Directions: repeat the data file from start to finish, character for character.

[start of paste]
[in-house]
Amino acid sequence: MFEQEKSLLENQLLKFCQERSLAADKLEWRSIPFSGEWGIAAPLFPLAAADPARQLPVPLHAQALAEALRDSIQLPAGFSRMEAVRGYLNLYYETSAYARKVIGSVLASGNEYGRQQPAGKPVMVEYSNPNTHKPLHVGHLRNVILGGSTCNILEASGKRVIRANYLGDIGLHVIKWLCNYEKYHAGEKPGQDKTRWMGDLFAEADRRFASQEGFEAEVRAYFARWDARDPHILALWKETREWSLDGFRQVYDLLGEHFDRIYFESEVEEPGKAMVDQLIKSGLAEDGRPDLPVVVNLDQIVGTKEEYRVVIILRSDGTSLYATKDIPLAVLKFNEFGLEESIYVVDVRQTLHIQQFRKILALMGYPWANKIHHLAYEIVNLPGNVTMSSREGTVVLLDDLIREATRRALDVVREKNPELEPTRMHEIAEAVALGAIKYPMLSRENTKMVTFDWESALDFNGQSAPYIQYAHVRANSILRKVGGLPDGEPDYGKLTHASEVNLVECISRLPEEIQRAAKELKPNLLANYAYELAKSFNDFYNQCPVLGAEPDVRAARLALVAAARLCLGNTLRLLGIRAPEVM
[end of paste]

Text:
[in-house]
Amino acid sequence: MFEQEKSLLENQLLKFCQERSLAADKLEWRSIPFSGEWGIAAPLFPLAAADPARQLPVPLHAQALAEALRDSIQLPAGFSRMEAVRGYLNLYYETSAYARKVIGSVLASGNEYGRQQPAGKPVMVEYSNPNTHKPLHVGHLRNVILGGSTCNILEASGKRVIRANYLGDIGLHVIKWLCNYEKYHAGEKPGQDKTRWMGDLFAEADRRFASQEGFEAEVRAYFARWDARDPHILALWKETREWSLDGFRQVYDLLGEHFDRIYFESEVEEPGKAMVDQLIKSGLAEDGRPDLPVVVNLDQIVGTKEEYRVVIILRSDGTSLYATKDIPLAVLKFNEFGLEESIYVVDVRQTLHIQQFRKILALMGYPWANKIHHLAYEIVNLPGNVTMSSREGTVVLLDDLIREATRRALDVVREKNPELEPTRMHEIAEAVALGAIKYPMLSRENTKMVTFDWESALDFNGQSAPYIQYAHVRANSILRKVGGLPDGEPDYGKLTHASEVNLVECISRLPEEIQRAAKELKPNLLANYAYELAKSFNDFYNQCPVLGAEPDVRAARLALVAAARLCLGNTLRLLGIRAPEVM